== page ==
Size range 10 to 150 microns Tailorable to application method
Distribution Gaussian Consistent from batch to batch
Oxygen ppm <500 ppm Prevents oxide inclusions in final part
Surface oxides Thin passivated layer Maintains powder recyclability

The combination of cleanliness, spherical morphology and optimized particle size distribution allows gas atomized powders to offer superior performance across most powder metallurgy and additive techniques relative to alternatives.

gas atomized metal powder

How Gas Atomization Powder Production Works

Gas atomized powders start from feedstock ingots of wrought alloy compositions. The metal is induction melted under vacuum or inert atmosphere and then ejected as a thin stream into high velocity jets of argon or nitrogen gas. The power of supersonic gas impacting molten metal breaks the stream into fine droplets that solidify rapidly during flight below the melting point. The cooling rate exceeds 106 °C per second quenching the alloy into solid powder particles accumulating at collection hoppers underneath the atomization tower. By adjusting gas pressure, flow parameters and nozzle geometries, particle size distribution can be tuned for different applications. The inert gas prevents oxidation keeping contamination low. After classification to remove any oversize particles, the powder is packaged under vacuum ready for use.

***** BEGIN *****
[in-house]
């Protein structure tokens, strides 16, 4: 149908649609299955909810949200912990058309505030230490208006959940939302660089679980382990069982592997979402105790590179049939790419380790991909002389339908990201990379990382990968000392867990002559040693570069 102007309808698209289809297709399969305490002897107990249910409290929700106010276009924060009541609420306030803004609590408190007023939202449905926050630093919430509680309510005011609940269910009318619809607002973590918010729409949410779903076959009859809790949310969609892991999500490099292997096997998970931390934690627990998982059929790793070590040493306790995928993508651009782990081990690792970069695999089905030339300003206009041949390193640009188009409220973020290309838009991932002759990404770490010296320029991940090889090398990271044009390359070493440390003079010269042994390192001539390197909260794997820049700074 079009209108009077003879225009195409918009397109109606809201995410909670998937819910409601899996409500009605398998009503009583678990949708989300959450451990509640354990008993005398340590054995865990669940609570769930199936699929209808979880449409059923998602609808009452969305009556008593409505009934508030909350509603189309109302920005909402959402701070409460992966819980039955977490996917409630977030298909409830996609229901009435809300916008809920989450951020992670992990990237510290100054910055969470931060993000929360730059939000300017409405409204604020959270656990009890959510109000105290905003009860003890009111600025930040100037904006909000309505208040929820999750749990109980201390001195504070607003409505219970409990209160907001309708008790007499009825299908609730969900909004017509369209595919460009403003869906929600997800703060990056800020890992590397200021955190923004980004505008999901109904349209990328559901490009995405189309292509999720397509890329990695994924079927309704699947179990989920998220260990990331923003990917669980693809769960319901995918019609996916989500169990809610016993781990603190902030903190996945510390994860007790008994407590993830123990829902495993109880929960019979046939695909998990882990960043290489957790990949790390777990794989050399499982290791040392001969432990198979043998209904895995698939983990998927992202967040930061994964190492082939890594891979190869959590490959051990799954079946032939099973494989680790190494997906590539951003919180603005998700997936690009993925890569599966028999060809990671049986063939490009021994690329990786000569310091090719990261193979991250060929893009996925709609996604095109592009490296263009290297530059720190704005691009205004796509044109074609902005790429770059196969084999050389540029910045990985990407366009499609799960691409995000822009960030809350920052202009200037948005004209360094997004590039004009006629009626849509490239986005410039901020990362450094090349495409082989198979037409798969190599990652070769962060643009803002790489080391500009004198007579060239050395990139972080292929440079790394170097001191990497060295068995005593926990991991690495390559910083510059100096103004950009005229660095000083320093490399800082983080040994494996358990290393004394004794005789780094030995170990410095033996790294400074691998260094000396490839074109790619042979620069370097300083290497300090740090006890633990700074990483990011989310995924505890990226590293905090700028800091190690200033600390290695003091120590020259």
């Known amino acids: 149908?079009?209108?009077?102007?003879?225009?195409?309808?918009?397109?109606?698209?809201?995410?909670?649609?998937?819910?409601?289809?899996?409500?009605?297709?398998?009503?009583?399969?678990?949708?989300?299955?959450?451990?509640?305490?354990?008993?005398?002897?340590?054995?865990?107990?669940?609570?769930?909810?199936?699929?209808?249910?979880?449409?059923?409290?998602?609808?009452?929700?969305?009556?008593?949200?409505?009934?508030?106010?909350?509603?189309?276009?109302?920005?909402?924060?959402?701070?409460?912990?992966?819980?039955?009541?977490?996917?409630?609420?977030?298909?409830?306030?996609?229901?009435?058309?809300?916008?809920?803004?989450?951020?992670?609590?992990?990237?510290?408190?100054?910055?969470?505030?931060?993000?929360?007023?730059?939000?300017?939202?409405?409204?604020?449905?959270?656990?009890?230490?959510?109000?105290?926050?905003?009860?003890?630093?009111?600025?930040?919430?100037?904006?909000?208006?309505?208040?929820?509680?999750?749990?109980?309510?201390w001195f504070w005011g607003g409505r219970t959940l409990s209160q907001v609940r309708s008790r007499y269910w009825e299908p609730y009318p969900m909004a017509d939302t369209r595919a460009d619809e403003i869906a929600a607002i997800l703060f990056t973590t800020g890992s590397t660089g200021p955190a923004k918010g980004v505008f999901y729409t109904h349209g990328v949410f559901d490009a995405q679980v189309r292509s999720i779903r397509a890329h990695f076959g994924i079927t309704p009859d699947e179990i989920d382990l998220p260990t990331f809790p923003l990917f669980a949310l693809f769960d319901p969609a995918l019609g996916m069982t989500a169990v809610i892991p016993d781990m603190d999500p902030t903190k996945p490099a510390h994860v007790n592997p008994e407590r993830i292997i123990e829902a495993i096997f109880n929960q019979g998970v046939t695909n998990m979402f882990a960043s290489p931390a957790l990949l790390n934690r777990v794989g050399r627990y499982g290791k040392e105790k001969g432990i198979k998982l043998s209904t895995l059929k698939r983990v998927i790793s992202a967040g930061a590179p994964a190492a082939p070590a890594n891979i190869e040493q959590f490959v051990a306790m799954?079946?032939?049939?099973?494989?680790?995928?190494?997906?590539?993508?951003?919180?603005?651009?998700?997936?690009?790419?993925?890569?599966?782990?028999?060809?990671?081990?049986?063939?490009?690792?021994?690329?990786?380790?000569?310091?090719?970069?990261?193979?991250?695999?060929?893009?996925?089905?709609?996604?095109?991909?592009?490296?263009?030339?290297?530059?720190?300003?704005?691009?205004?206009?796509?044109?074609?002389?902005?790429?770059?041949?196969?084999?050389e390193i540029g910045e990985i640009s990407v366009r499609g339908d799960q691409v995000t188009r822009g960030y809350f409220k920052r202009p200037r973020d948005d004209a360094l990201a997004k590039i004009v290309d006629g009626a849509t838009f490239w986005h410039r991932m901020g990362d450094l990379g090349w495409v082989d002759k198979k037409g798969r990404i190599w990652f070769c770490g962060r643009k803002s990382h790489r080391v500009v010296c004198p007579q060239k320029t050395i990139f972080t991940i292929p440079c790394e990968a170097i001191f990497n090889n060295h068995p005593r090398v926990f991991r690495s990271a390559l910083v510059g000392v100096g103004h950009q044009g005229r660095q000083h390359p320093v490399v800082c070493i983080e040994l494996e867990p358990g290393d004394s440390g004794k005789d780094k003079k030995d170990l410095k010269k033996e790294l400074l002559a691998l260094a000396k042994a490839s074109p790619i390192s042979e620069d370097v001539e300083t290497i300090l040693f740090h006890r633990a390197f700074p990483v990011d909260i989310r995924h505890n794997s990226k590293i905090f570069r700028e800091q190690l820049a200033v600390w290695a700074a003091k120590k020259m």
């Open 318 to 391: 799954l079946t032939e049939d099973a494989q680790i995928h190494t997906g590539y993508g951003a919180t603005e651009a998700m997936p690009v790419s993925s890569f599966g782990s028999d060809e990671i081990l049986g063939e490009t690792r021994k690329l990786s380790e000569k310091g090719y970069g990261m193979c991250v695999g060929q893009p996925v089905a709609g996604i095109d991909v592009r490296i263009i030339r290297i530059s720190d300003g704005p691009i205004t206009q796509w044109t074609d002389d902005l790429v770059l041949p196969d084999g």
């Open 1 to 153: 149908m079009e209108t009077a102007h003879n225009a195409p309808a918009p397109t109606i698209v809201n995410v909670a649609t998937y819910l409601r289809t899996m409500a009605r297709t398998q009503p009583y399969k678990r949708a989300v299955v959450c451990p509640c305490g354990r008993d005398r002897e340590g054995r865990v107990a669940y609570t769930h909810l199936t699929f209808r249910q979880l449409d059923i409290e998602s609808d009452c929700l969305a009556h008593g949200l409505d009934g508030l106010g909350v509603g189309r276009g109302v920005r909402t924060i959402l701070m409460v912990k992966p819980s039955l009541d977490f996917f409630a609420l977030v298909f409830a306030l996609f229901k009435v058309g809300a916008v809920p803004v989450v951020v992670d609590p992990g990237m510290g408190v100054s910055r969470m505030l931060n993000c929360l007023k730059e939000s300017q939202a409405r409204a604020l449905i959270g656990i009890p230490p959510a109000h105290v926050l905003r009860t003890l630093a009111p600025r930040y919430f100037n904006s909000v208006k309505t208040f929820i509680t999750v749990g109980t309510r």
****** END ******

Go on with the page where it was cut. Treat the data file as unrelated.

Industry Applications for Gas Atomized Metal Powders

Industry Uses and Components Critical Attributes
Aerospace Turbine blades, airfoils High strength, creep resistance
Medical Orthopedic implants, devices Biocompatibility, corrosion resistance
Automotive Connecting rods, gears Wear resistance, fatigue life
Additive manufacturing 3D printed parts for form and fit prototyping, digital inventory, functional testing Spherical morphology, flowability
Metal Injection Molding Small complex parts like nozzles, fasteners etc Consistent powder specification
Thermal spray Wear resistant coatings on bearing surfaces Controlled particle size distribution

Gas atomized powders meet specialized needs across this wide range of applications benefiting from properties like cleanliness, spherical shape, stable metallurgy, controlled particle size and reproducible powder batches.